But a worse violation is Gawker’s casual, boastful outing of Michael Brutsch – even after being told by said user that he thought he might lose his job if he was outed (which should be illegal under employment/labour laws as employees have rights and can only be dismissed for valid reasons, unless they’re working with vulnerable people, which was not the case, but whatever.) Now, that’s just deliberately malicious – especially since posting those photos was not illegal and was allowed by Reddit. So it is Reddit’s policy that should be challenged, not the private individual. The labelling of the user as a “monster”, a ‘troll’ and exaggeration of his influence as the godfather of Reddit’s “seedy underbelly” and the “biggest troll on the web” is reminiscent of tabloid hyperbole – ‘we outed someone for posting stuff we don’t agree with, so now let’s try to make him look bad so we don’t look bad’. Even at first reading Arien Chen’s article, I was unable to take it very seriously because of the constant hyperbole and smug blow-by-blow account – which makes the article very long, when all that was needed was a short article stating what Brutsch had done and his identity. Chen also spins single acts into multiple crimes, such as by accusing Brutsch of posting the photos, trolling and exploiting reddit – three terms to describe the single act of posting the photos. He also makes Brutsch out to be a master manipulator when really he’s far less than that – and this isn’t a compliment to him.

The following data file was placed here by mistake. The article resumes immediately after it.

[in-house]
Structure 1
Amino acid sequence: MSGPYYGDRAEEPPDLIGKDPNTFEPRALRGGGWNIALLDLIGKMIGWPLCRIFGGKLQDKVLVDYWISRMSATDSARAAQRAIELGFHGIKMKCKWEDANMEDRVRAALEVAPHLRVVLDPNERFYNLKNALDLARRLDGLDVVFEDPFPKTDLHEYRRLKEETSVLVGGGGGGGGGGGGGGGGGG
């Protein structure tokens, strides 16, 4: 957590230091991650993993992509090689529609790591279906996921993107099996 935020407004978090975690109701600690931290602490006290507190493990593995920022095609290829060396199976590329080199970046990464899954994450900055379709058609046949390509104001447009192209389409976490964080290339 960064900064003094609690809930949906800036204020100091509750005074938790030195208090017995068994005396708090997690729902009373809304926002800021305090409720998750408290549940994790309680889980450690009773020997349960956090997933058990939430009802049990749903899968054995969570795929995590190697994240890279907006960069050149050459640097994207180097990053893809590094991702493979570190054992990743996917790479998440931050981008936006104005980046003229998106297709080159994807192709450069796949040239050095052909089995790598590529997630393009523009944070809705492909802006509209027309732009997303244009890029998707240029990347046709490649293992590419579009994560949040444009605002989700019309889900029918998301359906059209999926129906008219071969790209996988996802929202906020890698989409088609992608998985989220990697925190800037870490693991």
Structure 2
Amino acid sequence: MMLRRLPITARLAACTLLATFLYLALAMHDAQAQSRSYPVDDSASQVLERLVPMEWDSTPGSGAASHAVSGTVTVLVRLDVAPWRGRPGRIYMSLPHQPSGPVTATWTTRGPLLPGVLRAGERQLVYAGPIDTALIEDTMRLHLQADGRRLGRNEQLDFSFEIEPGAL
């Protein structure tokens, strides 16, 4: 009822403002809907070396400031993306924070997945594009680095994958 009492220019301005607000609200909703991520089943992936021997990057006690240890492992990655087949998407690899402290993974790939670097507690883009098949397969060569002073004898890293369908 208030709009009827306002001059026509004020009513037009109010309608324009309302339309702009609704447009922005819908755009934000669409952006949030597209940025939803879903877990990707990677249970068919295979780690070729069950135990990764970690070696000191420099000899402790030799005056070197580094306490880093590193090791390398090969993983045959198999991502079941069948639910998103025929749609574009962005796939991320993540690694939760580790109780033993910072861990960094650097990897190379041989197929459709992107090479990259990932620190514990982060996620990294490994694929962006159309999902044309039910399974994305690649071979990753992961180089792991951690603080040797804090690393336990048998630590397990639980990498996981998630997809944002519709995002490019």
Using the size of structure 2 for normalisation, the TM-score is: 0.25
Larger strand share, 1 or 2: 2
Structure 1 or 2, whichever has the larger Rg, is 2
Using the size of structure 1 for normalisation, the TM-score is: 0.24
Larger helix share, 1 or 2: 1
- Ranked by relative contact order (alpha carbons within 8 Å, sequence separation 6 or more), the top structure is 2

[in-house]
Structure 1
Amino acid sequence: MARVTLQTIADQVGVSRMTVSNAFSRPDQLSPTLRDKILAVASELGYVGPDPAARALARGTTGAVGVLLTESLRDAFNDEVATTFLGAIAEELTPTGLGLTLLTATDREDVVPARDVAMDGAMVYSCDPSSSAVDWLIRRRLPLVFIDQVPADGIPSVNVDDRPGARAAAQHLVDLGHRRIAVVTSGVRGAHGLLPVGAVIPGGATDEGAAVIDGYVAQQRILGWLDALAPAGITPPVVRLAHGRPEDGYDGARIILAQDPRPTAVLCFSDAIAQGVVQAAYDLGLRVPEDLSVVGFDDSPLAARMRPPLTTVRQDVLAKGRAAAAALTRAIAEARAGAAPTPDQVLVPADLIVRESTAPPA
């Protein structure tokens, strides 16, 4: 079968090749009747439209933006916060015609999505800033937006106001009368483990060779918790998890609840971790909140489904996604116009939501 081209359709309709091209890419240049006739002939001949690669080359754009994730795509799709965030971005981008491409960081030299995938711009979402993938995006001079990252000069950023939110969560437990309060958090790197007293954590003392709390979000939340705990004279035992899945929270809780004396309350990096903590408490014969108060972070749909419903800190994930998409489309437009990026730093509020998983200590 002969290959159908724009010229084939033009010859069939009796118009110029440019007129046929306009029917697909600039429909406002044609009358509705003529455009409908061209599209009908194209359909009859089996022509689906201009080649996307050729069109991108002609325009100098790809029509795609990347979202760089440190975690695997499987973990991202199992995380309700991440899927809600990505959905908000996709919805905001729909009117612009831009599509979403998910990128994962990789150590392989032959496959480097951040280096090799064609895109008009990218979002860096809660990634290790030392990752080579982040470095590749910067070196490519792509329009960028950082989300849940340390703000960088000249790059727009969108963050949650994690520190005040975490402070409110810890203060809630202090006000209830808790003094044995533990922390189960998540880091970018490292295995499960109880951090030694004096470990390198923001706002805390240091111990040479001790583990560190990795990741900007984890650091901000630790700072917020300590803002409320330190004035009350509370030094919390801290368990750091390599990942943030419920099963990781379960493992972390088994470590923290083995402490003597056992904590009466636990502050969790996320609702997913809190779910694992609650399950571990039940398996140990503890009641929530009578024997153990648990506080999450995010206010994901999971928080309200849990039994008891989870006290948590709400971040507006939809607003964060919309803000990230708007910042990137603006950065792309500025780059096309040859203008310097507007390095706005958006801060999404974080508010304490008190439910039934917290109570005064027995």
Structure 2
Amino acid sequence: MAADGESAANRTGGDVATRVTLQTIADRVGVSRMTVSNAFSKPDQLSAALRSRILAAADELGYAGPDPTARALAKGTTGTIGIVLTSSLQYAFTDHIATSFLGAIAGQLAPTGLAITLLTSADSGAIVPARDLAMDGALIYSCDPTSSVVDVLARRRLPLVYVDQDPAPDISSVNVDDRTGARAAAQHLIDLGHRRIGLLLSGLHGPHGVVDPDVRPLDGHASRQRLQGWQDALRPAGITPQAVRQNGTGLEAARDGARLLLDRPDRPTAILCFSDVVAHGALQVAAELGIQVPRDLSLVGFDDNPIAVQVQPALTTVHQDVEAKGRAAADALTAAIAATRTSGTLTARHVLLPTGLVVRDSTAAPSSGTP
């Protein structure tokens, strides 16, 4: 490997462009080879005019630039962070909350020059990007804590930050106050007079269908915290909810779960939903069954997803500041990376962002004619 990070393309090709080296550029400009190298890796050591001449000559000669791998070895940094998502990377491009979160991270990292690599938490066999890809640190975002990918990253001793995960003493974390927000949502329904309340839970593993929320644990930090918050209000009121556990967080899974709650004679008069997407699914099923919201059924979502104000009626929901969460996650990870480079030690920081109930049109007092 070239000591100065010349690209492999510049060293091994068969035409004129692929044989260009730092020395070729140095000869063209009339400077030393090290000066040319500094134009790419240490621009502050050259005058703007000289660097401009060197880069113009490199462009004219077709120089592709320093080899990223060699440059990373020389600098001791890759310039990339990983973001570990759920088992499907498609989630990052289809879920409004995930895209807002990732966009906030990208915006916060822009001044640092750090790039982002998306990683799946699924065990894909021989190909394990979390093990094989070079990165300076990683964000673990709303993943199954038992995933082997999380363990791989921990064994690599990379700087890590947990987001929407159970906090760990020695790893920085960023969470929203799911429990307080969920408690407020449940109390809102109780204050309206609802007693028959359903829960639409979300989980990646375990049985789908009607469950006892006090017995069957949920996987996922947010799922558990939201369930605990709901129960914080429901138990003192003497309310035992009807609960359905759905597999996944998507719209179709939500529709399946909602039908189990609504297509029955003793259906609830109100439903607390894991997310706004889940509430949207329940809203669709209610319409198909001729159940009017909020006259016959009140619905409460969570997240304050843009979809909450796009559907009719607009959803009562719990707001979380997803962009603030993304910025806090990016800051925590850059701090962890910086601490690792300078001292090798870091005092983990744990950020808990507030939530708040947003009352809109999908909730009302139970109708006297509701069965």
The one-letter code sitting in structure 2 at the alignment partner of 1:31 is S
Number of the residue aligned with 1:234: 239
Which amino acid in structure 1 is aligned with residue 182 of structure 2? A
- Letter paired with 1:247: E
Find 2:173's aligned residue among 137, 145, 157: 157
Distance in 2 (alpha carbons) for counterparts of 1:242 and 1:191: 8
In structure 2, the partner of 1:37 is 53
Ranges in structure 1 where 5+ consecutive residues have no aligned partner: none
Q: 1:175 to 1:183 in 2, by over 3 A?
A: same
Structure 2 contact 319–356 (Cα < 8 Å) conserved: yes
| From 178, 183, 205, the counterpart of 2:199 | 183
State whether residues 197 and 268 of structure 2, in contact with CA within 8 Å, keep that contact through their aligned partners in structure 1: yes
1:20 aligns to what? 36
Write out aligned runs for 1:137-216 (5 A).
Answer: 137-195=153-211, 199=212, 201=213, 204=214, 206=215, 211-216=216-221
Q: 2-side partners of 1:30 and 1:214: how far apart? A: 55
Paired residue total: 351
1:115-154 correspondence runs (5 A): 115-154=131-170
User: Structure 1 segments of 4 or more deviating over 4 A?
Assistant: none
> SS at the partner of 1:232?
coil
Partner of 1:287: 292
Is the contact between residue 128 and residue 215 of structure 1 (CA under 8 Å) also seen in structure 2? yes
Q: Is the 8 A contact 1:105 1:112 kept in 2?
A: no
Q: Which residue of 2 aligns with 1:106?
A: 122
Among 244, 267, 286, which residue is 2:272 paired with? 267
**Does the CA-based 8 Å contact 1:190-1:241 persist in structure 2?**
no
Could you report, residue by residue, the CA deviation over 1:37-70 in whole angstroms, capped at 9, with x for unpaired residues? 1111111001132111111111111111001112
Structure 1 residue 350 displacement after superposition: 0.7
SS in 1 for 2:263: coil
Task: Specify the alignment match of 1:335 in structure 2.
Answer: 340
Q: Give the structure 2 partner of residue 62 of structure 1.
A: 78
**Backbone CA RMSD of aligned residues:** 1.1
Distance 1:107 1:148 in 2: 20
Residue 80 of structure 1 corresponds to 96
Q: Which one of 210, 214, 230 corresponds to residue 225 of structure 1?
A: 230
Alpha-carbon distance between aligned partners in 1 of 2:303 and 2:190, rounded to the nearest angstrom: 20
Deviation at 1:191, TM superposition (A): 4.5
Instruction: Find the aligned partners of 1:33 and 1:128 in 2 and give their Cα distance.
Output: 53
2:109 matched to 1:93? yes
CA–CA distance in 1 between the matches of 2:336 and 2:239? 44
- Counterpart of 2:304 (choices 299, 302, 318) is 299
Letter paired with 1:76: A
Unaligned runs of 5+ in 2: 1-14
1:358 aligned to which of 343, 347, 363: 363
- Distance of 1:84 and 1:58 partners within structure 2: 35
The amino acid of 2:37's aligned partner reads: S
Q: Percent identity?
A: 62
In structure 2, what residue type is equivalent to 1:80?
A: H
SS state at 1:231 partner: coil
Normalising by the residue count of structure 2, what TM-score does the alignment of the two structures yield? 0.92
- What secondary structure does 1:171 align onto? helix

Another red light about Chen’s article which struck me the only time I’ve read it (it really is inexplicably long while neglecting to ask interesting questions such as how Violentacrez’s /r/chokeabitch subreddit could be moderated or created by the man who loves his wife (his wife even knows about his subreddits) is that without the outrage over Creepshots, there would be little reason or legitimacy for Chen to out him. And this is rather controversial, as the Creepshots site had existed for years without anybody being outed by the press. Very recently, a small group of redditors on a subreddit called ‘Shit Reddit Says’ (SRS) began stirring up outrage at previously-unseen levels. So it seems that VA was outed purely by chance; if the SRS redditors hadn’t stirred up that much drama, Chen might not have bothered to out him. So, does that mean that although your site/blog has existed relatively peacefully (although never without its critics) for years, a small number of people getting angry is all the legitimacy the media needs to out you?